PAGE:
Beer Background
Greene King (Our Heritage, Our Passion. Your IPA)
Vuelio Top 10 Blog 2020 Award
Feature

John Young, RIP

Added: Thursday, December 1st 2011

John Young will have a prominent place reserved in the Brewers' Hall of Fame, revered as the father of the "real ale revolution", an iconoclast who believed in good traditional beer drunk in good traditional pubs. Young, chairman of Young's of Wandsworth in south London for 44 years, who has died aged 85, steered the family brewery on a different course to the rest of the industry in the 1970s. It was a course that was derided at the time but which proved not only successful for Young's but also encouraged other regional brewers to follow suit. A spate of mergers in the 1960s had created six national brewers who attempted to transform the way beer was made by switching from cask ale to keg beer - filtered, pasteurised and artificially carbonated. Panic ensued as such brands as Watney's Red Barrel, Worthington E and Whitbread Tankard rapidly dominated the market. Smaller regional brewers rushed to emulate the 'Big Six', as they were known.

In Wandsworth, John Young raised his standard above the Ram Brewery, on the oldest brewing site in Britain, and declared he would remain faithful to beer that matured naturally in its cask. He was laughed to scorn by directors of other breweries. Among the legion of stories about him, one is told of a meeting of the Brewers' Society in London where, during a break for coffee, one member saw a funeral hearse passing by outside. "There goes anotherof your customers, John," he told Young, to roars of laughter from his colleagues. Above, the modern day brewery.

John Young had the last laugh. He was born in Winchester in 1921, the eldest of four sons of William Allen Young. The family was steeped in brewing. John was the great-great-grandson of Charles Allen Young, one of two businessmen who took over the 16th-century Ram Brewery in 1831. John's mother was Joan Barrow Simonds, a member of the family that owned Simonds Brewery in Reading.

But John's first love was sailing: he was educated at the Nautical College in Pangbourne. Sailing holidays in the late 1930s on the River Orwell in Suffolk brought John and his brothers into contact with Arthur Ransome at Pin Mill, the setting for We Didn't Mean to Go To Sea. Ransome claimed that he, rather than the brothers' father, introduced the boys to the pleasures of beer and darts.

Either side of World War Two, John Young went to Corpus Christi College in Cambridge, where he graduated with an honours degree in economics. During the war he served with distinction as a fighter pilot on aircraft carriers. He left the Fleet Air Arm as a lieutenant commander in 1947 and launched a career in shipping. He was based in Antwerp for a while, where he met his Belgian wife Yvonne. They married in 1951 and settled in West Sussex, from where John, with his brothers, was summoned to work at the Ram Brewery in 1954.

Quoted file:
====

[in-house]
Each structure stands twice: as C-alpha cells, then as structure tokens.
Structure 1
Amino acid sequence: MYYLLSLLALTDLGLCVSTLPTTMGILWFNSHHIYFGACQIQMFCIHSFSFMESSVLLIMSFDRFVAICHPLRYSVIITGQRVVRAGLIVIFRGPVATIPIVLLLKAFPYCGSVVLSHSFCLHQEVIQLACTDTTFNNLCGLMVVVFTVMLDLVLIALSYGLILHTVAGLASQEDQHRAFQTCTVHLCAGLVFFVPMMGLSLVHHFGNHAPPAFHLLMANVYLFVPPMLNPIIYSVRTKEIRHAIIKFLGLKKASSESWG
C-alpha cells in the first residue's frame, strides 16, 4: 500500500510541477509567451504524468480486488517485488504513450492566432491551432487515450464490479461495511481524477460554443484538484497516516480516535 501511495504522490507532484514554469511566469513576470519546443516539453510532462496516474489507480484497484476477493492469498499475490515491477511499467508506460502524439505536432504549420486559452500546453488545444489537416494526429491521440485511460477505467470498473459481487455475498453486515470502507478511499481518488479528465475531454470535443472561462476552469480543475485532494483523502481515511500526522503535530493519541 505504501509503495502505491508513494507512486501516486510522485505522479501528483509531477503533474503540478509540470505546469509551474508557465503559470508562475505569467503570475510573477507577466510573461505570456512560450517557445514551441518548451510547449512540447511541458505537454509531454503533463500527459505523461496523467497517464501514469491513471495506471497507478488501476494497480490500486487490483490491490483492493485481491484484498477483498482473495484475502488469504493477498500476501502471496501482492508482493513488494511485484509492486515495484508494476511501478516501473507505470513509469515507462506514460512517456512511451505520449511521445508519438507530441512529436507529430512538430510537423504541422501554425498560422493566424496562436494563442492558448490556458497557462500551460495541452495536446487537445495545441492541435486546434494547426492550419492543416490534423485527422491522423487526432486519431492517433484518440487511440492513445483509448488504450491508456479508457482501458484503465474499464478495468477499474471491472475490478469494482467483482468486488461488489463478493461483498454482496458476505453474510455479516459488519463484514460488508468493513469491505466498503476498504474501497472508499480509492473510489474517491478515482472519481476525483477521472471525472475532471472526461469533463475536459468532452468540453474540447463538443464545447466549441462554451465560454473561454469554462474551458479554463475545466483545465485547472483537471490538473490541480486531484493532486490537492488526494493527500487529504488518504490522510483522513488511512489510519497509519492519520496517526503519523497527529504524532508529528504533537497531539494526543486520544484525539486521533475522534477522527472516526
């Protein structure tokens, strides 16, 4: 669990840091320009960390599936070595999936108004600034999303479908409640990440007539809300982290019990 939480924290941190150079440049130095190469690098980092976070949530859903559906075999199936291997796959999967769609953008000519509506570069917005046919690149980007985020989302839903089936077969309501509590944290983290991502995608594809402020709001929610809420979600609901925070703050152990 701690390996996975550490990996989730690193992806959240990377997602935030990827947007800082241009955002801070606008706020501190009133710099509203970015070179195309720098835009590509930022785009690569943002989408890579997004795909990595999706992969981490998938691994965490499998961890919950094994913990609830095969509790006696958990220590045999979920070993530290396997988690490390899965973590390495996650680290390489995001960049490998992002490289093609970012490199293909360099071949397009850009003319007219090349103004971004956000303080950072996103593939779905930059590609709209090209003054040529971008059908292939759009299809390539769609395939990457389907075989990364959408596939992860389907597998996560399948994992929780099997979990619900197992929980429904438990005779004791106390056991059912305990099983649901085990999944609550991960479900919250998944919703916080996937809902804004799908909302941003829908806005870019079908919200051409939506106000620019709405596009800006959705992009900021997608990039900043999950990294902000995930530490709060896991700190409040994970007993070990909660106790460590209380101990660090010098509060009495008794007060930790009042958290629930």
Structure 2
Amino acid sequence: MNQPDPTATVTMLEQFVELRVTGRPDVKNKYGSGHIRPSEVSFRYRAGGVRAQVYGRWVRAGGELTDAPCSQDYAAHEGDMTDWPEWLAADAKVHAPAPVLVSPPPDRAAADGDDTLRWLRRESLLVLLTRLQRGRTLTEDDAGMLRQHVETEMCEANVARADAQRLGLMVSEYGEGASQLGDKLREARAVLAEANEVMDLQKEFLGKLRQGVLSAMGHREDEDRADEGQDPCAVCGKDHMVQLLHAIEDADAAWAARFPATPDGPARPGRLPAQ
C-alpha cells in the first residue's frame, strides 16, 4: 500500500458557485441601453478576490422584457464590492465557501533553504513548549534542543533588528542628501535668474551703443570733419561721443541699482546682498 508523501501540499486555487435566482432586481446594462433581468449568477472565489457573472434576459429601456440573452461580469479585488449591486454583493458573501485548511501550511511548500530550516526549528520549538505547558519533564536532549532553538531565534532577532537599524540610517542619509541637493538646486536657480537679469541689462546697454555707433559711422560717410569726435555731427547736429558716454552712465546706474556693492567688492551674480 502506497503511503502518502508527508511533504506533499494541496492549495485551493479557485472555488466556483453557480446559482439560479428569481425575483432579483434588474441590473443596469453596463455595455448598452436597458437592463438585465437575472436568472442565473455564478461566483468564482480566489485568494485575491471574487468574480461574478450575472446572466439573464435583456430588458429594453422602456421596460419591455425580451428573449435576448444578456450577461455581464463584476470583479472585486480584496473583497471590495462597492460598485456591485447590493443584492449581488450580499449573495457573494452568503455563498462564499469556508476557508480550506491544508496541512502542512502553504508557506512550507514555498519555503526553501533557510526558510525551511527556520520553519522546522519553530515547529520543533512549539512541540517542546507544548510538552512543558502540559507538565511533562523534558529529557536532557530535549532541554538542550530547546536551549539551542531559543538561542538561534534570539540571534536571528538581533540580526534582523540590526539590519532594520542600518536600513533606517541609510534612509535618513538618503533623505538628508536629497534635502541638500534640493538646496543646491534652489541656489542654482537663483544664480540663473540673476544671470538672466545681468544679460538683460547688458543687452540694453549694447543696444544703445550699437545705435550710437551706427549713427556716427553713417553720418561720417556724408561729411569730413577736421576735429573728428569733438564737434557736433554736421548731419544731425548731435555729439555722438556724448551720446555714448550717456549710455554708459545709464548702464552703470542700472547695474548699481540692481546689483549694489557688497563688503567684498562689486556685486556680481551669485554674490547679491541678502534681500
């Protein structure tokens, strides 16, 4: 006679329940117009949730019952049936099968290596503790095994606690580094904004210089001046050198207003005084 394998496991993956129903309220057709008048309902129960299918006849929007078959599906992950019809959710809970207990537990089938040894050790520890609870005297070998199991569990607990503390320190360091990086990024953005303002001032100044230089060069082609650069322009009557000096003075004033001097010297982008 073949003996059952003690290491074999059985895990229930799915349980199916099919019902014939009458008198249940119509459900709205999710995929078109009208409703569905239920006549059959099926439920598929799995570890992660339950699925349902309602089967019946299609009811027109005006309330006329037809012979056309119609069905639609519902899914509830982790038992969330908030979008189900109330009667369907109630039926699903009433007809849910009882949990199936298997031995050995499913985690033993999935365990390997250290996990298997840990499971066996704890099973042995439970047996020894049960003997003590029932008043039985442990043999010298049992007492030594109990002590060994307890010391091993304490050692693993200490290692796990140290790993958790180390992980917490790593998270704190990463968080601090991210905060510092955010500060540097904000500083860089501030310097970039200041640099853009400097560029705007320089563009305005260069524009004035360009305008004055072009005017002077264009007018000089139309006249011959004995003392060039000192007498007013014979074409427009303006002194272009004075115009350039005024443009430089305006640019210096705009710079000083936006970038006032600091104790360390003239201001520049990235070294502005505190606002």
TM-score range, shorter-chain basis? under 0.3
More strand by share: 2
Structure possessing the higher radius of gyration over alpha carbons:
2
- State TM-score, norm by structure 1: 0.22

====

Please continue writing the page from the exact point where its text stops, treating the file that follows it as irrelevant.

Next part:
He succeeded his father in 1962 and set about refashioning the company to meet the challenges of the time. Improving the pub estate and offering - a daring move at the time - children's rooms did not mean a move away from traditional values. The brewery retained a fierce commitment to cask beer and delivered it to local pubs by horse-drawn drays, while a live ram mascot, along with ducks and geese, were familiar if bizarre sights at Wandsworth. The energetic new chairman visited every pub in his estate. He was on first name terms with his landlords and became friendly with regular customers. Company AGMs became lavish affairs where a white suited John Young would proclaim his belief in traditional brewing values. He was so horrified by the way some London pubs were being remodelled in the 1970s as Wild West Saloons or Sputniks that he once threatened to enter one pub armed with a packet of soap flakes to throw into a large fountain that had been installed there.

The commitment to cask beer paid off. Sales of Young's ales rocketed and their success was instrumental in helping the Campaign for Real Ale to make its mark in the early 1970s. In 1975 he was made a CBE to mark his work in brewing and in charity: he was chairman of the National Hospital for Nervous Diseases in Bloomsbury and raised millions of pounds to build new wards and install modern equipment.

His passion for brewing was unabated. Yvonne Young died in 2002 but John continued to work and chair company AGMs, often wielding boxing gloves to see off critics of his policies. In spite of a long battle with cancer, he conducted the 2006 annual meeting, though he was visibly ill. His last few months in office were dogged by controversy: a redevelopment scheme in Wandsworth meant the brewery had to close. When a suitable alternative site could not be found in London, Young's agreed to merge its brewing operations with Charles Wells of Bedford, a move that has not pleased all lovers of Young's distinctive beers. But 200 Young's pubs will remain in London and the South-east, bricks and mortar reminders of the man who guided their fortunes with undiminished fervour for more than 40 years.

John Allen Young, born 7 August 1921, died 17 September 2006. He leaves a son, James, who is deputy chairman of Young's, and a daughter, Ilse.